In Massachusetts (and United States, generally), civil litigants are responsible for paying their own legal fees. This concept is known as the "American Rule". It matters not that you were sued by your neighbor and did not want to be involved in a lawsuit; or that you felt compelled to bring suit against a developer as a last ditch effort to protect the character of your neighborhood. It also does not matter if you win. You are going to pay your legal fees. There are, as in all things in the legal world, some limited exceptions to the American Rule, and we will discuss those in another blog post.
This is the second in a series of posts on challenges to zoning bylaws and ordinances. An important threshold issue, apart from diagnosing what type of bylaw challenge should be brought, is where to bring these claims. Depending on the circumstances, these claims may be brought in the Land Court, the Superior Court or the United States District Court for the District of Massachusetts. This post will address the considerations applicable to the Massachusetts Land Court.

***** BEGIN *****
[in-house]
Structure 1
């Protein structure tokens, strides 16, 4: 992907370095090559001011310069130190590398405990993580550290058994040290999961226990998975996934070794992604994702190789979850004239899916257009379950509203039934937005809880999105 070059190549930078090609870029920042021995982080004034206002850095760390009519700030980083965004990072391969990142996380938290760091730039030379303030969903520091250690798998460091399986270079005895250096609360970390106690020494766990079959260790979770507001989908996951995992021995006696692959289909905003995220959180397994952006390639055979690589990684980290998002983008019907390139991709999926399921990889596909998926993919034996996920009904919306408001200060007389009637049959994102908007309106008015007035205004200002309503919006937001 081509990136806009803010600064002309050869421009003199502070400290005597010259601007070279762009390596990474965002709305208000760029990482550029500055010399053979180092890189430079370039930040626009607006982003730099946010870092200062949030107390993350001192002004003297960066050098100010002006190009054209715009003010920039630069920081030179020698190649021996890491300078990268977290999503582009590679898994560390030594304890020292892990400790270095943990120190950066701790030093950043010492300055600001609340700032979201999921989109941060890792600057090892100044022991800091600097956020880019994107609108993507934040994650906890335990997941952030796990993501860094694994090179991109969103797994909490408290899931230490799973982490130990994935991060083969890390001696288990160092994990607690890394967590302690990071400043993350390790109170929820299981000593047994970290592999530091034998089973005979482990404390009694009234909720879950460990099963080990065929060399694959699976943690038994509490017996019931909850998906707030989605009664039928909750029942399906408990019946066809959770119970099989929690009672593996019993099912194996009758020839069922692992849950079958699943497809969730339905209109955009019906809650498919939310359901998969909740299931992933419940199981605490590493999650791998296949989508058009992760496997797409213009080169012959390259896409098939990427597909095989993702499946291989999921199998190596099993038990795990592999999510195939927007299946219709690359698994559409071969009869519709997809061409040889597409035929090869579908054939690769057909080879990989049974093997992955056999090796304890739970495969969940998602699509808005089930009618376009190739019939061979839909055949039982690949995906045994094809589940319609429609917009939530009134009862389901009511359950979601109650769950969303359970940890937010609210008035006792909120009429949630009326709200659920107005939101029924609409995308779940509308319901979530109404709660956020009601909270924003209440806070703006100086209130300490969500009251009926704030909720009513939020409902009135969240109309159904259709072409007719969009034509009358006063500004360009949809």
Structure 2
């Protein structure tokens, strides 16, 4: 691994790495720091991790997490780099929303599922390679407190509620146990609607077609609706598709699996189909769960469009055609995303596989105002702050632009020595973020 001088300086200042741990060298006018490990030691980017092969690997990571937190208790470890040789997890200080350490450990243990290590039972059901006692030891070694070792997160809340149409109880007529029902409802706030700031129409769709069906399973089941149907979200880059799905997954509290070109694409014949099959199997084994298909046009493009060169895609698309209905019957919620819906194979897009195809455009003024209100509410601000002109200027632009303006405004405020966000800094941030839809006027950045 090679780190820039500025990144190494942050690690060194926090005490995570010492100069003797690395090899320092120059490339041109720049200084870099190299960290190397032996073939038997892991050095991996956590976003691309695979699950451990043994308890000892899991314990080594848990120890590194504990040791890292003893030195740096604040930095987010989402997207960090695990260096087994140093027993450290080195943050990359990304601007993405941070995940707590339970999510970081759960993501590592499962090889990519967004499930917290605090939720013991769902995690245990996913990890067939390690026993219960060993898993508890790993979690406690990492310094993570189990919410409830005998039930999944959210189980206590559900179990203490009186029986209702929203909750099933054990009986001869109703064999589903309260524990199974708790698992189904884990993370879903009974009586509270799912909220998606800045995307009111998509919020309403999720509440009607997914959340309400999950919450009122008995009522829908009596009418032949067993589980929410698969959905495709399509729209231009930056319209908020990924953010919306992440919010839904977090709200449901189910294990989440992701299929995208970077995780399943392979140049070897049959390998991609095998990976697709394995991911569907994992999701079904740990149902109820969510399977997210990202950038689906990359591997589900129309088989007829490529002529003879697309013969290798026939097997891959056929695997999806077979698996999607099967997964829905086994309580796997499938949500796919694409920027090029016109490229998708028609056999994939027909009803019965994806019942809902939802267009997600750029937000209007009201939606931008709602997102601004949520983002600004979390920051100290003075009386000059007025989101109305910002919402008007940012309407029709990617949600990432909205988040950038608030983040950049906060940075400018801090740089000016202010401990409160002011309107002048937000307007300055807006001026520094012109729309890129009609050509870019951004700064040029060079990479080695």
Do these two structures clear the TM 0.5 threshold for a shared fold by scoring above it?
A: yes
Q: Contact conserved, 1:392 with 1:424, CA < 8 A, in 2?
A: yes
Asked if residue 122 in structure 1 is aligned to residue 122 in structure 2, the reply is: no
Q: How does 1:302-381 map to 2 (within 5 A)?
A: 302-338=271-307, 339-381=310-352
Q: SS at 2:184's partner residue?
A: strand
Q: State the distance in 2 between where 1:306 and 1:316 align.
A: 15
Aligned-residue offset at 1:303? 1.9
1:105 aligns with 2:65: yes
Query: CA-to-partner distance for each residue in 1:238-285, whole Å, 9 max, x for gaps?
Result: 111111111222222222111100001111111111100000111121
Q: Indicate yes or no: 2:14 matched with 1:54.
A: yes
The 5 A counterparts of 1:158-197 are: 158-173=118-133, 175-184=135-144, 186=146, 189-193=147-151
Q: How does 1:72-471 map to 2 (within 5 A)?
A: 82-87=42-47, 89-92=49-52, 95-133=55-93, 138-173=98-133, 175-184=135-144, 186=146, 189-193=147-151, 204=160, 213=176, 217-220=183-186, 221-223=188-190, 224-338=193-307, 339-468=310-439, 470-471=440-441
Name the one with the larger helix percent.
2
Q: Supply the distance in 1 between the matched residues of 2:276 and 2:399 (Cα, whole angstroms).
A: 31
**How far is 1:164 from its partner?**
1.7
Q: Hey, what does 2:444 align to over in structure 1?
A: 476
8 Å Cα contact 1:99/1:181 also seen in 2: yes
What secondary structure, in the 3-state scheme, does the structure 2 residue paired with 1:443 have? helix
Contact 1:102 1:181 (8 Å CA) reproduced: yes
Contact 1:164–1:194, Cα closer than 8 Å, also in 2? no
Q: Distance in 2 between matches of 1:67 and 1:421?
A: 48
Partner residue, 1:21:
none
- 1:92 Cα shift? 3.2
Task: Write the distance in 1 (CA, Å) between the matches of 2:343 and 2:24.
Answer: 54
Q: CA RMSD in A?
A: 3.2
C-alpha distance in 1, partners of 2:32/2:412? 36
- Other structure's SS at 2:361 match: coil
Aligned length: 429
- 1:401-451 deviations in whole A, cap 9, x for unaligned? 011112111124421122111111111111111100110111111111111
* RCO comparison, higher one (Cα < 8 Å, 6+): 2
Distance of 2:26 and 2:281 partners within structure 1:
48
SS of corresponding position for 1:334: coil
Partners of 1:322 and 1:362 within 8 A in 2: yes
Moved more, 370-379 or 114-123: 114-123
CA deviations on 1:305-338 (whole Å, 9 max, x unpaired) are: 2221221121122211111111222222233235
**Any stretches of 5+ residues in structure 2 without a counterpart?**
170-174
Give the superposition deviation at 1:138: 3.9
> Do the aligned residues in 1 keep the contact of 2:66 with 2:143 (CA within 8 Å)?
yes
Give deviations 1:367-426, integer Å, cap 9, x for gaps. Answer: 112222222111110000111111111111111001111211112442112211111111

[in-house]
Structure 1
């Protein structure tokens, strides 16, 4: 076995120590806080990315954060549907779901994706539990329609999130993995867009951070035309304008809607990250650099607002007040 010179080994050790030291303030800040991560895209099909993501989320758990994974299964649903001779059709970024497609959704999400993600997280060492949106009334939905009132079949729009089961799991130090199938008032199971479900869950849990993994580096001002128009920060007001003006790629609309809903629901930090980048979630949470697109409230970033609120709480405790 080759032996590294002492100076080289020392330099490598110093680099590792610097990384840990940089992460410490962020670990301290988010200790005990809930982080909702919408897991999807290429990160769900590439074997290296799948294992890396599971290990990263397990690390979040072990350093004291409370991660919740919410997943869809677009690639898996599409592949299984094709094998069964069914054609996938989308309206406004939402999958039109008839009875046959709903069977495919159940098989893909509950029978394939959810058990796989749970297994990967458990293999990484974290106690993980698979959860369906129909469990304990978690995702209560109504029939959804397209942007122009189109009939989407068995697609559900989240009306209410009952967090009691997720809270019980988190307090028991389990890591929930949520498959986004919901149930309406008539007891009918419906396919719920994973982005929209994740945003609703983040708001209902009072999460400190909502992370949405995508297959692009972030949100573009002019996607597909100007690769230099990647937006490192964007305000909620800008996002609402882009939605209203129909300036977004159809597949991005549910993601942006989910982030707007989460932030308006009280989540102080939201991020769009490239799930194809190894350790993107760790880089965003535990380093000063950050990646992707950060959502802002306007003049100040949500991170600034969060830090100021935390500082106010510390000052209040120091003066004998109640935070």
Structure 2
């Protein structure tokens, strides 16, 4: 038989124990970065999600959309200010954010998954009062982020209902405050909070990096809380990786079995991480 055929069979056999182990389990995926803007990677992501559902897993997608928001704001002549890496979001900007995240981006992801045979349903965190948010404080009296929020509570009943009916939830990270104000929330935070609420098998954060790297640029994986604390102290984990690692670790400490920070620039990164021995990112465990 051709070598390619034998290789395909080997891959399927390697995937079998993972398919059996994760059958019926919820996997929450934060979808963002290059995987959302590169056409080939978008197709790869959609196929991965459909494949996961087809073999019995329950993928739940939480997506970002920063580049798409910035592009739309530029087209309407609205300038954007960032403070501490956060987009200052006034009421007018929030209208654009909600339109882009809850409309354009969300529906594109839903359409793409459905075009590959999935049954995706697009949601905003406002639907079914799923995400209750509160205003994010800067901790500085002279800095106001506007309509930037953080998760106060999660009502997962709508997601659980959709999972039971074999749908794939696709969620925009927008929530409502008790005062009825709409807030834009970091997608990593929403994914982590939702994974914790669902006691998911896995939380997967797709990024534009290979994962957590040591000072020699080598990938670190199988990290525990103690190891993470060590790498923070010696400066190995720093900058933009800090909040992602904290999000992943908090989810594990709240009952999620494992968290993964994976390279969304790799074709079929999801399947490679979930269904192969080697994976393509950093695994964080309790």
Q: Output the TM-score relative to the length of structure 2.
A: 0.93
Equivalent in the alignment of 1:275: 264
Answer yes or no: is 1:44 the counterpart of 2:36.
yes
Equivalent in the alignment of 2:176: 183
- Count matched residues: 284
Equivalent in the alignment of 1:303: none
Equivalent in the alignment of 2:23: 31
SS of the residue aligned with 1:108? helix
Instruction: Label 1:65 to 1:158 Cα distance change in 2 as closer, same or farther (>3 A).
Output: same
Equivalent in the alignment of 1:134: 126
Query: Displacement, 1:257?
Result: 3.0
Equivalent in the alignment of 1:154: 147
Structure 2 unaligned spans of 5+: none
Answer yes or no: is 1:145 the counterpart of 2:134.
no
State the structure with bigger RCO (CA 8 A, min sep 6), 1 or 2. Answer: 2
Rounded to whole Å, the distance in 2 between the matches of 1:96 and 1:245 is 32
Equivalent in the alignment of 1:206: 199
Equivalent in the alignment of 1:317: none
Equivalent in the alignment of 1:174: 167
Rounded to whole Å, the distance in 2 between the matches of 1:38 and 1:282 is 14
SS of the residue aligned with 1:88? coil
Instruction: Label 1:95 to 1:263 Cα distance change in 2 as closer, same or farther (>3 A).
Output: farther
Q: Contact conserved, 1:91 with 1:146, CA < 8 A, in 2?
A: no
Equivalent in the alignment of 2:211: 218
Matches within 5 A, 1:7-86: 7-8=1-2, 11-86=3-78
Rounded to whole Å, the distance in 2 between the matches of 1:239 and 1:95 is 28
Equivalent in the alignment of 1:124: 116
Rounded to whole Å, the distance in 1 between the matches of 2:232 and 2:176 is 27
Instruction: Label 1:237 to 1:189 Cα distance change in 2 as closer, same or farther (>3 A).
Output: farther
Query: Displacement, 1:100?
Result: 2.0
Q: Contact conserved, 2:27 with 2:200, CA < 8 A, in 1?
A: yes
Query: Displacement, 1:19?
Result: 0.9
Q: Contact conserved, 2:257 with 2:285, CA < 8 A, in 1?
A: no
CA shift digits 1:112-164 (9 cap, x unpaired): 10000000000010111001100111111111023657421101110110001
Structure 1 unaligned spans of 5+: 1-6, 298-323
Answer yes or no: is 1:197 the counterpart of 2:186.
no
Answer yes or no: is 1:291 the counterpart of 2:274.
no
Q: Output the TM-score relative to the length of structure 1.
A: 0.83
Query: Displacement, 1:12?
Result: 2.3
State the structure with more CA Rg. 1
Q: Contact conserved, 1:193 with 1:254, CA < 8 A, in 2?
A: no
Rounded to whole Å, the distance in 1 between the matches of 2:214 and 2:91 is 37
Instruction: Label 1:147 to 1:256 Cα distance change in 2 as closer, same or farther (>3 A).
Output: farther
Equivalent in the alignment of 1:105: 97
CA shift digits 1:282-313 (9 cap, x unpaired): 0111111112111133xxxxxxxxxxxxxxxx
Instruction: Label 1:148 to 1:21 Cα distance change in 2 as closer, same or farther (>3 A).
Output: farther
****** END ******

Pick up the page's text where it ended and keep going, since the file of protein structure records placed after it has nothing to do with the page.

Conditions upon land use permits are so ubiquitous that the authority for imposing them can easily be taken for granted. The Supreme Court's decision in Koontz v. St. Johns River Water Mgmt. Dist., 133 S.Ct. 2586 (2013), however, places a significant constitutional limit upon local boards' ability to do so.